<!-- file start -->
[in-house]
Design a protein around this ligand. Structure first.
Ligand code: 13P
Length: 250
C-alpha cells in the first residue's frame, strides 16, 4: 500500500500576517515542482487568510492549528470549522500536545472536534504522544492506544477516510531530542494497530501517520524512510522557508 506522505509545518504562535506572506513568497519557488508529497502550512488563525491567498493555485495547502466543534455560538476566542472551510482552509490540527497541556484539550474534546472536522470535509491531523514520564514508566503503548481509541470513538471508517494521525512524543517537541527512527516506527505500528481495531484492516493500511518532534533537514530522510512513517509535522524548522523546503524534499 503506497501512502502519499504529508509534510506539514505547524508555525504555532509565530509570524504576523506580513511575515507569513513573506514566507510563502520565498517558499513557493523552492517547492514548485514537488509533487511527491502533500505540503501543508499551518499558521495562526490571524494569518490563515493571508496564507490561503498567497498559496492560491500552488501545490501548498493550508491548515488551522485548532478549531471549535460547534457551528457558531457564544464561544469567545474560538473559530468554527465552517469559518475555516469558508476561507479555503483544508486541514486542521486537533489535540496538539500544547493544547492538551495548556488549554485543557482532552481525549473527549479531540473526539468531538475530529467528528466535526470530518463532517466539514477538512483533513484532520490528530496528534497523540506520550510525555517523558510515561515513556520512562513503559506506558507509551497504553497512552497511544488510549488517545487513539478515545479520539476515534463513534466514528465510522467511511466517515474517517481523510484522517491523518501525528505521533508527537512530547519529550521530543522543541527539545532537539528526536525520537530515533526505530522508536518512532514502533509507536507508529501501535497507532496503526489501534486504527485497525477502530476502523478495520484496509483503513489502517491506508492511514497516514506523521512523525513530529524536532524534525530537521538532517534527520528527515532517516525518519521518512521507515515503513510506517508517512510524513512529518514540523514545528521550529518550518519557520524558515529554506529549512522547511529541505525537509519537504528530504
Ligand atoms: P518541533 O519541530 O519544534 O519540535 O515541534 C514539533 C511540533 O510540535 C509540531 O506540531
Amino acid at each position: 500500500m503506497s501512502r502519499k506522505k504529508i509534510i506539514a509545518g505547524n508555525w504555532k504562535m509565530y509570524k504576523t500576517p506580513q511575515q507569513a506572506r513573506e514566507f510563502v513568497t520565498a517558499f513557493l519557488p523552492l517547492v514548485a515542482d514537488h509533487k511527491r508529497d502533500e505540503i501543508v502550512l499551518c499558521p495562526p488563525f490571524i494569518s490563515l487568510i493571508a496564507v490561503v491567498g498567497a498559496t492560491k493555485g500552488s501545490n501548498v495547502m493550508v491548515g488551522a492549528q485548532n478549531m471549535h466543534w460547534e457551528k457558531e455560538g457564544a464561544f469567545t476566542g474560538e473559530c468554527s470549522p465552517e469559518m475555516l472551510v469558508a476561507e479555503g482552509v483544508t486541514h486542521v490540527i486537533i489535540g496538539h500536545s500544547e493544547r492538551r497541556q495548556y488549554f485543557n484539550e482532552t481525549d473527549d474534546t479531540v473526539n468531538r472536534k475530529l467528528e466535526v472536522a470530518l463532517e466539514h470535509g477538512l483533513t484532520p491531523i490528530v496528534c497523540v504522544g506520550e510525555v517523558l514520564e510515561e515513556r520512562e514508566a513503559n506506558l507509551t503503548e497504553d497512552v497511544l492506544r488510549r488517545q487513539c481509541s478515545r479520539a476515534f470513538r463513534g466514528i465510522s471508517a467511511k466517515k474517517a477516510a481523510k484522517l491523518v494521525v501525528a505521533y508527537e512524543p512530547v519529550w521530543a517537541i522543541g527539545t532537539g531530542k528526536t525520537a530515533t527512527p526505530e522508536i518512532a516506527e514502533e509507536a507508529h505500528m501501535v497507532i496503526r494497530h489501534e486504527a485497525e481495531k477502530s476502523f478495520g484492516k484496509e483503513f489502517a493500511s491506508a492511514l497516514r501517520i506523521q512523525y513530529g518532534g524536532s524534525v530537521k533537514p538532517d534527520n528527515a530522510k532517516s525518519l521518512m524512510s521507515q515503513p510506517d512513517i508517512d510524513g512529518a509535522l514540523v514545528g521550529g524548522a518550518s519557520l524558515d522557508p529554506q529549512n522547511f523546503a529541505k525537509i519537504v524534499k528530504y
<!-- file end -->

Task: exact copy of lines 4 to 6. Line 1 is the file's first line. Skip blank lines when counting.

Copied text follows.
Length: 250
C-alpha cells in the first residue's frame, strides 16, 4: 500500500500576517515542482487568510492549528470549522500536545472536534504522544492506544477516510531530542494497530501517520524512510522557508 506522505509545518504562535506572506513568497519557488508529497502550512488563525491567498493555485495547502466543534455560538476566542472551510482552509490540527497541556484539550474534546472536522470535509491531523514520564514508566503503548481509541470513538471508517494521525512524543517537541527512527516506527505500528481495531484492516493500511518532534533537514530522510512513517509535522524548522523546503524534499 503506497501512502502519499504529508509534510506539514505547524508555525504555532509565530509570524504576523506580513511575515507569513513573506514566507510563502520565498517558499513557493523552492517547492514548485514537488509533487511527491502533500505540503501543508499551518499558521495562526490571524494569518490563515493571508496564507490561503498567497498559496492560491500552488501545490501548498493550508491548515488551522485548532478549531471549535460547534457551528457558531457564544464561544469567545474560538473559530468554527465552517469559518475555516469558508476561507479555503483544508486541514486542521486537533489535540496538539500544547493544547492538551495548556488549554485543557482532552481525549473527549479531540473526539468531538475530529467528528466535526470530518463532517466539514477538512483533513484532520490528530496528534497523540506520550510525555517523558510515561515513556520512562513503559506506558507509551497504553497512552497511544488510549488517545487513539478515545479520539476515534463513534466514528465510522467511511466517515474517517481523510484522517491523518501525528505521533508527537512530547519529550521530543522543541527539545532537539528526536525520537530515533526505530522508536518512532514502533509507536507508529501501535497507532496503526489501534486504527485497525477502530476502523478495520484496509483503513489502517491506508492511514497516514506523521512523525513530529524536532524534525530537521538532517534527520528527515532517516525518519521518512521507515515503513510506517508517512510524513512529518514540523514545528521550529518550518519557520524558515529554506529549512522547511529541505525537509519537504528530504
Ligand atoms: P518541533 O519541530 O519544534 O519540535 O515541534 C514539533 C511540533 O510540535 C509540531 O506540531